Mynila Meets Bea Schück-Lim Constantino – Founder of Herman & Co. – A Heritage Clothing Concept Brand

Mynila Meets Bea Schück-Lim Constantino – Founder of Herman & Co. – A Heritage Clothing Concept Brand

Mynila Team June 9, 2018 Lifestyle

Herman & Co. is a heritage clothing concept brand, curated by Bea Schück-Lim Constantino, which showcases indigenous weaves, textiles & artisanal products from Filipino tribes particularly those from Southern Mindanao.
Who’s behind Herman & Co?
I founded it two years ago and much as the brand was slowly gaining a following, it couldn’t expand the way I had envisioned it because I couldn’t devote the time needed because I was also busy with my day job. Earlier this year, my good friend and fellow Mindanaoan Carol Go came on board to handle operations.

How would you define your brand and who is it aimed at?

We are a concept brand showcasing woven textiles and artisan products from communities around the Philippines with a special spotlight on Mindanao. I’m from Zamboanga City and Sulu while Carol is from Cagayan de Oro City, so we wanted to bridge the gap between the communities and the global marketplace by way of our products, with respect for tradition and culture. We wanted to integrate Filipino textiles into everyday wear while giving foremost consideration towards tradition.


How did your collaborations with Filipino artisans start? And why do you collaborate mainly with artisans from South Mindanao?

For now because of financial limitations, we are not yet able to sustain an entire community. What we do though is we prioritize peace conflict areas and give these people a steady source of income by purchasing their products in a fair trade atmosphere. Two years ago we started with Yakan weaves from the communities in Basilan and the first collection received an overwhelming response.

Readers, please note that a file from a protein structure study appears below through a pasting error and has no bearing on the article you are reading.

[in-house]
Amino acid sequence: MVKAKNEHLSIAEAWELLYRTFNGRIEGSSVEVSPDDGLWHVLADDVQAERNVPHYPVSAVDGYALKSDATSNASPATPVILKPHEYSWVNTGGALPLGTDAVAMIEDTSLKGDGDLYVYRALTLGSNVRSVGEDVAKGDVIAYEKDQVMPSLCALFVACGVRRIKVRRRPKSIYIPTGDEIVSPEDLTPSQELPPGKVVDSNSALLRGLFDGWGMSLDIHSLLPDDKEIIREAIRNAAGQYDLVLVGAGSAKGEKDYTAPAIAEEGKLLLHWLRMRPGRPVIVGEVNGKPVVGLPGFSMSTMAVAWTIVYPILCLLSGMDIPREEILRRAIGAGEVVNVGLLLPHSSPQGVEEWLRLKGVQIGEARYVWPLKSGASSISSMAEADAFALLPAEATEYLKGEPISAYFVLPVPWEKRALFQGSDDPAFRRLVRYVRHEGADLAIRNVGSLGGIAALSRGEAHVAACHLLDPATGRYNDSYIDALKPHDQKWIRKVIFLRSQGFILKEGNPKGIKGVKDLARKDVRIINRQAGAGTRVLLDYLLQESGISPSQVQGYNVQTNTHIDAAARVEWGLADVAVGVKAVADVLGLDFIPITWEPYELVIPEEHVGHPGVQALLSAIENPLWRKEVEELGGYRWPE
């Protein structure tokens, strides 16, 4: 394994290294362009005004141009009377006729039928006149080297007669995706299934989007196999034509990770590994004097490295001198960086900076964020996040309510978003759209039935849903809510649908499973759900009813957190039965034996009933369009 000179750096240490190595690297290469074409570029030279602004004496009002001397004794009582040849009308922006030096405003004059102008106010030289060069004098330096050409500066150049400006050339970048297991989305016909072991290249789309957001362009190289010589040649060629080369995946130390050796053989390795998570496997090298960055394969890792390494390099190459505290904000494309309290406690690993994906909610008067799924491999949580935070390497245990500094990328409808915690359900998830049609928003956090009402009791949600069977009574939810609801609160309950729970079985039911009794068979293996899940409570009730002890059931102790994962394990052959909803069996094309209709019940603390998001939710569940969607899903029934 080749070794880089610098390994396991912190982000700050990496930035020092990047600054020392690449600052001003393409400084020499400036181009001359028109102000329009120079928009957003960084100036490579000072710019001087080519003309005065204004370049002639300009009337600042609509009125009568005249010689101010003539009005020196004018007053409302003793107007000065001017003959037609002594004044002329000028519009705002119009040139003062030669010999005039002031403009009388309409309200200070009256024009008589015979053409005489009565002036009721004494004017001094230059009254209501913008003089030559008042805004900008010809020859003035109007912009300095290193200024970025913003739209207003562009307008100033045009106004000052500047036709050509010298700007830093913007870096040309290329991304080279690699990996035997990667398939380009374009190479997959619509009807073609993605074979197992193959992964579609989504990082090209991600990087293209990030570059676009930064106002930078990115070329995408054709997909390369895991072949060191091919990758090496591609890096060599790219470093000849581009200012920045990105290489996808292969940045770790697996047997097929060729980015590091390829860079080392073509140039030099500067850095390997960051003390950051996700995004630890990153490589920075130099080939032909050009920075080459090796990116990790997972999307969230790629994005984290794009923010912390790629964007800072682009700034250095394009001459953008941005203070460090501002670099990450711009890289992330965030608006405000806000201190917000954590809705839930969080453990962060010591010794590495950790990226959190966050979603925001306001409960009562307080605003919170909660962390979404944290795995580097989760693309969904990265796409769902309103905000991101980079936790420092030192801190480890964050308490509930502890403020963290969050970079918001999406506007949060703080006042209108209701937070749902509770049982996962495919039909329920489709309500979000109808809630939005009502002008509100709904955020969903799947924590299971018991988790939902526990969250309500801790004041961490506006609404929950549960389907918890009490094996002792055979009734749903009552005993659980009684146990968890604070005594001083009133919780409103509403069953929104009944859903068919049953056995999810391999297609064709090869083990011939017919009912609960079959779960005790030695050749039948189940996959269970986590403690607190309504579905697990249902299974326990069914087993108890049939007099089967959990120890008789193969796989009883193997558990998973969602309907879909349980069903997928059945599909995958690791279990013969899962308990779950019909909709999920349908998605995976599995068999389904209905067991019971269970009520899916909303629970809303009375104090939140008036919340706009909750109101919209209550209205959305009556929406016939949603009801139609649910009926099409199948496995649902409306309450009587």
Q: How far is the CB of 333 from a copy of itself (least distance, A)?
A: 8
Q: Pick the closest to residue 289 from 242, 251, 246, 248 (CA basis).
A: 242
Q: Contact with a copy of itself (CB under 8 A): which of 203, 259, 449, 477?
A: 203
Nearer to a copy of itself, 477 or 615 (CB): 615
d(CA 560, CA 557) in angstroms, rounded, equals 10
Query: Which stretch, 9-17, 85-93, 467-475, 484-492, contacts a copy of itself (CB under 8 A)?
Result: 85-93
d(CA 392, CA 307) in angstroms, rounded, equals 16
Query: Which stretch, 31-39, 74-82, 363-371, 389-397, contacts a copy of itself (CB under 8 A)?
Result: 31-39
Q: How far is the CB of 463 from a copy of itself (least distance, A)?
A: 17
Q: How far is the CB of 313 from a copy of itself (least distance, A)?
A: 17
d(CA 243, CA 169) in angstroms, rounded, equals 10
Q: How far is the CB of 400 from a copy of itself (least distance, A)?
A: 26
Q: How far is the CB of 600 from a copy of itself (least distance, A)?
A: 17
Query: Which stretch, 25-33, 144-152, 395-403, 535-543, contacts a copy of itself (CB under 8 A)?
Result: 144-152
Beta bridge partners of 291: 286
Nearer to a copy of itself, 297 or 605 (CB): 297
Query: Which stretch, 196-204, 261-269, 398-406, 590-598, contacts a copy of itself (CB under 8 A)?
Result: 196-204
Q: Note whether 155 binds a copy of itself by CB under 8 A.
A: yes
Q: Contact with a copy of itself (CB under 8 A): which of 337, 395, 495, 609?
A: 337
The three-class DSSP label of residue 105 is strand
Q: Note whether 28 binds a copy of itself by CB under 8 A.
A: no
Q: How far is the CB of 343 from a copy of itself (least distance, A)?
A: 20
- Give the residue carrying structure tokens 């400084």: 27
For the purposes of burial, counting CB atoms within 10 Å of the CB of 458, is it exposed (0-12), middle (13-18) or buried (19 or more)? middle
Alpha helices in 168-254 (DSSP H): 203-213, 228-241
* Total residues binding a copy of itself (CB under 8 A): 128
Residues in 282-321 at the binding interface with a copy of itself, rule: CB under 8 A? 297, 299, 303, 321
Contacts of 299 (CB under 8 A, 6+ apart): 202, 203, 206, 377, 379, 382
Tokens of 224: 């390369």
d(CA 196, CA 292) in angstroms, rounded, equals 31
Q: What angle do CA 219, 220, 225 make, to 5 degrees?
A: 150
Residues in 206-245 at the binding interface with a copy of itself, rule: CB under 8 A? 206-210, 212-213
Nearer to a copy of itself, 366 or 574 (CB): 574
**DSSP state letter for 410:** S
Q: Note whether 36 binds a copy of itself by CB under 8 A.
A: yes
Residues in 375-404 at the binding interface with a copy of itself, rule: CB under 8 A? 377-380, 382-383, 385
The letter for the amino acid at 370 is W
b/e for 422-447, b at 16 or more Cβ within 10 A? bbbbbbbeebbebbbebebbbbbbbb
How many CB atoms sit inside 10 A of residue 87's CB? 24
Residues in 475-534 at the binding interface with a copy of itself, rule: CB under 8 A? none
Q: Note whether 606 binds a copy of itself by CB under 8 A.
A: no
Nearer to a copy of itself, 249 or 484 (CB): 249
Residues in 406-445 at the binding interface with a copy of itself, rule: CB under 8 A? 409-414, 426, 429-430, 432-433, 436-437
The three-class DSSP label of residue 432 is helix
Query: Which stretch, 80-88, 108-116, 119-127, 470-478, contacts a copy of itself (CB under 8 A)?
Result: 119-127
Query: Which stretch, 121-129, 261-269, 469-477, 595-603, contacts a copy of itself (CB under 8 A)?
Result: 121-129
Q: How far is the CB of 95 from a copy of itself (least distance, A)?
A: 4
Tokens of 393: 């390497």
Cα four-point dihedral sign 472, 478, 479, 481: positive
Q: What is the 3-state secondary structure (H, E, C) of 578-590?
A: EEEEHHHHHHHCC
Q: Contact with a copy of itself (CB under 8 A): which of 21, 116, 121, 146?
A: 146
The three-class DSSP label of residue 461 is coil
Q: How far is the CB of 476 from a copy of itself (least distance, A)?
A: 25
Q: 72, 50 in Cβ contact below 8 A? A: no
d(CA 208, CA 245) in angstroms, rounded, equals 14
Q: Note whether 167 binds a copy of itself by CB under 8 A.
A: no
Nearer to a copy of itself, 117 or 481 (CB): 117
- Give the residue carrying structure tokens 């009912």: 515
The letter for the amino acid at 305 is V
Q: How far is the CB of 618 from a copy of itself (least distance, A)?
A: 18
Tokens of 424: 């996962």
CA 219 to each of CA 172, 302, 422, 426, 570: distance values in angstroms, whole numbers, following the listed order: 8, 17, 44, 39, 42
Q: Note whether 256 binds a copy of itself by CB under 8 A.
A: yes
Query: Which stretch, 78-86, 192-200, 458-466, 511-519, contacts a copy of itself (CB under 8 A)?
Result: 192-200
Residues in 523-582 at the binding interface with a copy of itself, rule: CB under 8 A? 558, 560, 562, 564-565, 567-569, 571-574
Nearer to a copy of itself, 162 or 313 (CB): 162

We later moved on to using weaves and textiles from Sulu. We’ve explored using weaves that were not necessarily woven by artisans but represent the region’s deep Malay influence such as Batik fabric. This was because we saw how the textile markets in places like Jolo had stocks and stocks of textiles but were moving slowly because of its inaccessibility.

So for us, any way we can help the communities get more commerce is also a way to collaborate and help sustain them.

We focus on Southern Mindanao because my family is from there and the peace conflict areas had amazing products but was inaccessible so we wanted to help.


How important is helping to preserve local craftmanship?

Very if not the most important. Tradition and history are our bird’s eye access to the past, the reason why we are here. Between modernization and tradition we will lean towards tradition but the constant challenge for us is to marry both worlds without offending or erasing a tradition.




Can you tell us about your upcoming collection?

We are working on collection #2 for our website

This will display another facet of the Pinoy lifestyle— easy living in a tropical country; we have loose dresses in shapeless silhouettes to accommodate most body types. We are also working on a few collaborations with some of our favorite stores and a few pop-ups are in the works.